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142 Genomics in Adult Patients with Congenital Heart Disease (CHD): The Norpap Database
  1. Isma Rafiq1,
  2. Leisa Freeman1,
  3. Clive Lewis2
  1. 1Norfolk and Norwich University Hospital
  2. 2Papworth NHS Trust

Abstract

Background Adults with CHD now outnumber the paediatric population due to greater than 90% survival to the age of 18. About 400 syndromic types account for 25% of the CHD population; some of these are associated with high inheritance rates about which the adult CHD need counselling. The NORPAP database is derived from a dedicated adult CHD service started in 1993.

Methods We reviewed the NORPAP database (n = 2322) of which 264 patients (144M, 120F) with syndromic appearance had been genotyped. Mean age 35 years (16–89). 224 genotype positive and 40 genotype negative were identified. Spectrums of syndromes are described below in the Figure 1.

Abstract 142 Figure 1

Spectrum of clinical syndromes

The highest incidence of CHD with genotype was AV canal defects, but also VSD, conotruncal abnormalities and aortopathies (Marfan, L-D, E. D. IV).

Abstract 142 Table 1

Distribution of congenital defects with positive genotype in NORPAP database

Phenotypes and cardiac defects were studied as most patients had more than one associated lesions. Table 2 describes the association.

Abstract 142 Table 2

Phenotype – cardiac and associated features NORPAP database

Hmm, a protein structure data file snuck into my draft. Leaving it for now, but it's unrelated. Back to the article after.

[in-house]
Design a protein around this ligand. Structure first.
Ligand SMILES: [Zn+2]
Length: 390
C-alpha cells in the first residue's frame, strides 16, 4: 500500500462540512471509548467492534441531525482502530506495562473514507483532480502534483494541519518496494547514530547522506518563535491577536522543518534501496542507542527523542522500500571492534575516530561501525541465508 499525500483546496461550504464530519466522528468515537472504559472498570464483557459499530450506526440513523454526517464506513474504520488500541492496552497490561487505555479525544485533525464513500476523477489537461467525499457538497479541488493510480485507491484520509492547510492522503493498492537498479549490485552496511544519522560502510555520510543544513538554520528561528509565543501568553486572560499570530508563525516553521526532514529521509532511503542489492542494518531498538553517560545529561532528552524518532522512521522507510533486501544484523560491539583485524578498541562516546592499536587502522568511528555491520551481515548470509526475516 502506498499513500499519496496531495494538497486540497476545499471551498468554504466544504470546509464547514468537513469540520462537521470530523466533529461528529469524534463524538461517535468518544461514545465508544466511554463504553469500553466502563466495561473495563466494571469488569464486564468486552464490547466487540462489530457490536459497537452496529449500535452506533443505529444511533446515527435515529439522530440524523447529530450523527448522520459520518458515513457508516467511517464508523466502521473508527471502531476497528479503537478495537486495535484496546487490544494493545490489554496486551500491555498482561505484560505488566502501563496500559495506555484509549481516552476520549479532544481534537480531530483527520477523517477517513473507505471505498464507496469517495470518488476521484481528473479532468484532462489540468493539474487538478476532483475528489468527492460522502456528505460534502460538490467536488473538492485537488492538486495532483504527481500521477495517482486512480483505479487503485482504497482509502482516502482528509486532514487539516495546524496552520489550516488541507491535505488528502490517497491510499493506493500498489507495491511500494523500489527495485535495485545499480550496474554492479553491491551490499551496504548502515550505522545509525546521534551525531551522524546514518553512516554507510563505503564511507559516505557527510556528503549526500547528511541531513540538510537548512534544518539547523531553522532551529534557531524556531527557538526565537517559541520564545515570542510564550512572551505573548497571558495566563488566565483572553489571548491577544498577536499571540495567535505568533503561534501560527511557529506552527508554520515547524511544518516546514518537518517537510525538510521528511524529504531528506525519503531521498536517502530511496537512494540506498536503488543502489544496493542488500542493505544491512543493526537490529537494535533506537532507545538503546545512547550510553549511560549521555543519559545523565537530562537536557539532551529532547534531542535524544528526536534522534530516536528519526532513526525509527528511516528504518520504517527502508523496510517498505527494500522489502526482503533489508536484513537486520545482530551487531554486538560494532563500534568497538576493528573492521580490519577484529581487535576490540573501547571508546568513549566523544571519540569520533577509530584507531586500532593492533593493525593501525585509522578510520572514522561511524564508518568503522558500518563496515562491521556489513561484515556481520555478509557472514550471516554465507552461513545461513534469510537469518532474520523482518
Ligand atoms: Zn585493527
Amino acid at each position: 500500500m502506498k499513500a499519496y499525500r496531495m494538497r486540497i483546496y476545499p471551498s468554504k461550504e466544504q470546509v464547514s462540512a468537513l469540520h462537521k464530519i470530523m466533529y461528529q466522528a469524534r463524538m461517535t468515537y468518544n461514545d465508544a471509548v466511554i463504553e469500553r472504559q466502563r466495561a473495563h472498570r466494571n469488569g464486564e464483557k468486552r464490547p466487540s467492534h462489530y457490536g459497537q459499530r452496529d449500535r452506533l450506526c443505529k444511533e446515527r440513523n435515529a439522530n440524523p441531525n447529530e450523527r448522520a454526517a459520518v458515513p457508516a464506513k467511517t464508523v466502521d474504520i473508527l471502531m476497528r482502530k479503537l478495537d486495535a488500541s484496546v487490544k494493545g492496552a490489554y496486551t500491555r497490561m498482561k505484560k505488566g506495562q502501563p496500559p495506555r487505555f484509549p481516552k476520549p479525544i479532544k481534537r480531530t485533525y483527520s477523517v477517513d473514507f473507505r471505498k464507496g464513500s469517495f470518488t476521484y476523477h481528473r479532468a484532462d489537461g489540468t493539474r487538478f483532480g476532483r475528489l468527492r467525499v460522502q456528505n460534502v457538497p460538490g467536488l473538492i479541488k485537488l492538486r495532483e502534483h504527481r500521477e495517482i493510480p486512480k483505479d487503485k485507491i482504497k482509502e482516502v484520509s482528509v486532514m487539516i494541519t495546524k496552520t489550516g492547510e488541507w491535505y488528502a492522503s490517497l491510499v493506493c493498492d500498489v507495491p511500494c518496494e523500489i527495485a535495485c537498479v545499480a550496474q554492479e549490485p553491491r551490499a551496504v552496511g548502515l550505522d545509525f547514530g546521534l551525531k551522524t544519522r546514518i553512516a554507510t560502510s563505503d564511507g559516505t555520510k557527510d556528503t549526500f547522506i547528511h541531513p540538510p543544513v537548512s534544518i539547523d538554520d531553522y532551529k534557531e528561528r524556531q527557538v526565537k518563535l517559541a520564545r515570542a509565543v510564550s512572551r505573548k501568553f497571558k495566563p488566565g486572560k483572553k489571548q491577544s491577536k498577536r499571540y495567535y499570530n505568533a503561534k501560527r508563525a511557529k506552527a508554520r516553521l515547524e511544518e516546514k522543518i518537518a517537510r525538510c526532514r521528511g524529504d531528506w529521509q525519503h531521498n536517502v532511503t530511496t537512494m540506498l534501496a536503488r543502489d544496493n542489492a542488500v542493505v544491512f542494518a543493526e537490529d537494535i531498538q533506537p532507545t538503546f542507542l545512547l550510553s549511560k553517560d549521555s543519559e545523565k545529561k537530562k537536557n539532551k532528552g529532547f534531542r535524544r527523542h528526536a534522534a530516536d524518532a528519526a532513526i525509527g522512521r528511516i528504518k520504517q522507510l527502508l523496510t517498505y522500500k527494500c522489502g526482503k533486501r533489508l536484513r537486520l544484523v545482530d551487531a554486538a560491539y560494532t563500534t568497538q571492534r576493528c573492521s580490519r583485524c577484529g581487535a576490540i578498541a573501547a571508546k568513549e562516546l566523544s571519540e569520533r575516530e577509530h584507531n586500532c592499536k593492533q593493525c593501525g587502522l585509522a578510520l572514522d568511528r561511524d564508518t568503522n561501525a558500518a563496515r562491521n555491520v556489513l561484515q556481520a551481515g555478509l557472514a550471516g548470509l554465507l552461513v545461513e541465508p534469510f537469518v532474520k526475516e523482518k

Importantly 144 (55%) patients had cardiac surgery of which 32 (27%) required a second intervention required surgical intervention (higher incidence in Trisomy 21). Incidence of arrhythmias was low n = 19 (7%); 11 (4%) had device therapy. 47 (18%) patients had PAH-CHD of whom 11 were on targeted therapy. Endocarditis occurred in 4 patients only, surprising given the number with 22q11deletion. The incidence of IHD to date is low (3).

Conclusion Clinical syndromes with CHD are seen frequently seen in adult CHD clinics. Only 10% of the NORPAP database has been genotyped despite increasingly close involvement with clinical geneticists. Due limited availability of genetic testing in previous eras, many adult CHD survivors should have phenotype-genotype assessment not only to enhance parenthood counselling and cascade screening, but, increasingly, risk stratification of recognised comorbidities.

  • Genomics
  • Clinical Syndromes
  • Congenital heart disease

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